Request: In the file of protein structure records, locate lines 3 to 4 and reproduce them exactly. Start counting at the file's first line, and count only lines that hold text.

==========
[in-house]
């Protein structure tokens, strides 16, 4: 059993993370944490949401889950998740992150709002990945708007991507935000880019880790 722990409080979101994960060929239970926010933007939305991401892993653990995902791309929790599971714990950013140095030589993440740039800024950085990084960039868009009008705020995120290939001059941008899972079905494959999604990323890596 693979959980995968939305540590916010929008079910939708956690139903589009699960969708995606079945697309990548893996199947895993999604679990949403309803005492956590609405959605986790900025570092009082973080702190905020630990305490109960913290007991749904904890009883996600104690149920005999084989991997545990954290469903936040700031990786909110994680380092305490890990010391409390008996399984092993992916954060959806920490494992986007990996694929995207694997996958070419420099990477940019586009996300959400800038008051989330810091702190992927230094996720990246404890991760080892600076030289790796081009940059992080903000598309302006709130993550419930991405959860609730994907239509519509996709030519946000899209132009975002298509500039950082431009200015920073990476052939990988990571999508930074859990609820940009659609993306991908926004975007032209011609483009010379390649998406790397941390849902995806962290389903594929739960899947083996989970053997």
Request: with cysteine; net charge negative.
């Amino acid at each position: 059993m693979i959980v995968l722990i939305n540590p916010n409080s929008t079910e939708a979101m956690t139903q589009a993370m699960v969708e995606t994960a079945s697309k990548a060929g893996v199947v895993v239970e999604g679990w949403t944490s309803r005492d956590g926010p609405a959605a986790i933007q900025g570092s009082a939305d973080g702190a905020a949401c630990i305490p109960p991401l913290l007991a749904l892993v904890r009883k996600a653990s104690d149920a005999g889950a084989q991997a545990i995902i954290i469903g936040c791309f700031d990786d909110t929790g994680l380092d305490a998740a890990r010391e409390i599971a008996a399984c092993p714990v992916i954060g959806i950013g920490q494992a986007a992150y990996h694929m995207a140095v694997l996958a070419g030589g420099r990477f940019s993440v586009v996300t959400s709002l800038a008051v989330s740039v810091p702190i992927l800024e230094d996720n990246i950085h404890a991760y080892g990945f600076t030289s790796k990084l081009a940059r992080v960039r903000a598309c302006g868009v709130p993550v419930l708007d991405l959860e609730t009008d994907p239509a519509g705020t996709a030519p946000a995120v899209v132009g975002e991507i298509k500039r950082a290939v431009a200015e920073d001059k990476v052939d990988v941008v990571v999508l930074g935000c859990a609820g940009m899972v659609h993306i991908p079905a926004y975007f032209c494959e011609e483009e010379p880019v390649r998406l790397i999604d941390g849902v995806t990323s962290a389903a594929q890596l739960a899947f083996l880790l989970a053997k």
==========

Request: with cysteine; net charge negative.
């Amino acid at each position: 059993m693979i959980v995968l722990i939305n540590p916010n409080s929008t079910e939708a979101m956690t139903q589009a993370m699960v969708e995606t994960a079945s697309k990548a060929g893996v199947v895993v239970e999604g679990w949403t944490s309803r005492d956590g926010p609405a959605a986790i933007q900025g570092s009082a939305d973080g702190a905020a949401c630990i305490p109960p991401l913290l007991a749904l892993v904890r009883k996600a653990s104690d149920a005999g889950a084989q991997a545990i995902i954290i469903g936040c791309f700031d990786d909110t929790g994680l380092d305490a998740a890990r010391e409390i599971a008996a399984c092993p714990v992916i954060g959806i950013g920490q494992a986007a992150y990996h694929m995207a140095v694997l996958a070419g030589g420099r990477f940019s993440v586009v996300t959400s709002l800038a008051v989330s740039v810091p702190i992927l800024e230094d996720n990246i950085h404890a991760y080892g990945f600076t030289s790796k990084l081009a940059r992080v960039r903000a598309c302006g868009v709130p993550v419930l708007d991405l959860e609730t009008d994907p239509a519509g705020t996709a030519p946000a995120v899209v132009g975002e991507i298509k500039r950082a290939v431009a200015e920073d001059k990476v052939d990988v941008v990571v999508l930074g935000c859990a609820g940009m899972v659609h993306i991908p079905a926004y975007f032209c494959e011609e483009e010379p880019v390649r998406l790397i999604d941390g849902v995806t990323s962290a389903a594929q890596l739960a899947f083996l880790l989970a053997k």